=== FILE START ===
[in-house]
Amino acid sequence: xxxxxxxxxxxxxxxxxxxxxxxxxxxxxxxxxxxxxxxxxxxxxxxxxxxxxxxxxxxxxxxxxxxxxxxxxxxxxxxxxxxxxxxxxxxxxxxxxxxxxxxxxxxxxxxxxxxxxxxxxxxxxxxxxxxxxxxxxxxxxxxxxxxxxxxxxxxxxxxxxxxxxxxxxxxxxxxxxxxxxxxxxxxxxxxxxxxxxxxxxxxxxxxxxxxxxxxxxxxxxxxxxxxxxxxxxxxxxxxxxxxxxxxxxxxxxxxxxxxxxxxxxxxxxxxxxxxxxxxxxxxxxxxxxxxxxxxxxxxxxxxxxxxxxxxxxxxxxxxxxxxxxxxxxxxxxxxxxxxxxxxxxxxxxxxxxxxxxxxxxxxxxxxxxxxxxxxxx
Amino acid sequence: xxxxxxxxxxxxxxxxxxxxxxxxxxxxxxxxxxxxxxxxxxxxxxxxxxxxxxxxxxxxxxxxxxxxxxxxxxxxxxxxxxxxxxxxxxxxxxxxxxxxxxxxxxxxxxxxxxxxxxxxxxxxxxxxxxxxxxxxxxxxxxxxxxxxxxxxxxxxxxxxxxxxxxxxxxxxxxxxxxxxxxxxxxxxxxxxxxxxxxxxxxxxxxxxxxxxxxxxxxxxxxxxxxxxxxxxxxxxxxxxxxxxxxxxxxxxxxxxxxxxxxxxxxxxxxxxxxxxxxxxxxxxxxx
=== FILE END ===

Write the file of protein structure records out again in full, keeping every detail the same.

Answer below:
[in-house]
Amino acid sequence: xxxxxxxxxxxxxxxxxxxxxxxxxxxxxxxxxxxxxxxxxxxxxxxxxxxxxxxxxxxxxxxxxxxxxxxxxxxxxxxxxxxxxxxxxxxxxxxxxxxxxxxxxxxxxxxxxxxxxxxxxxxxxxxxxxxxxxxxxxxxxxxxxxxxxxxxxxxxxxxxxxxxxxxxxxxxxxxxxxxxxxxxxxxxxxxxxxxxxxxxxxxxxxxxxxxxxxxxxxxxxxxxxxxxxxxxxxxxxxxxxxxxxxxxxxxxxxxxxxxxxxxxxxxxxxxxxxxxxxxxxxxxxxxxxxxxxxxxxxxxxxxxxxxxxxxxxxxxxxxxxxxxxxxxxxxxxxxxxxxxxxxxxxxxxxxxxxxxxxxxxxxxxxxxxxxxxxxxx
Amino acid sequence: xxxxxxxxxxxxxxxxxxxxxxxxxxxxxxxxxxxxxxxxxxxxxxxxxxxxxxxxxxxxxxxxxxxxxxxxxxxxxxxxxxxxxxxxxxxxxxxxxxxxxxxxxxxxxxxxxxxxxxxxxxxxxxxxxxxxxxxxxxxxxxxxxxxxxxxxxxxxxxxxxxxxxxxxxxxxxxxxxxxxxxxxxxxxxxxxxxxxxxxxxxxxxxxxxxxxxxxxxxxxxxxxxxxxxxxxxxxxxxxxxxxxxxxxxxxxxxxxxxxxxxxxxxxxxxxxxxxxxxxxxxxxxxx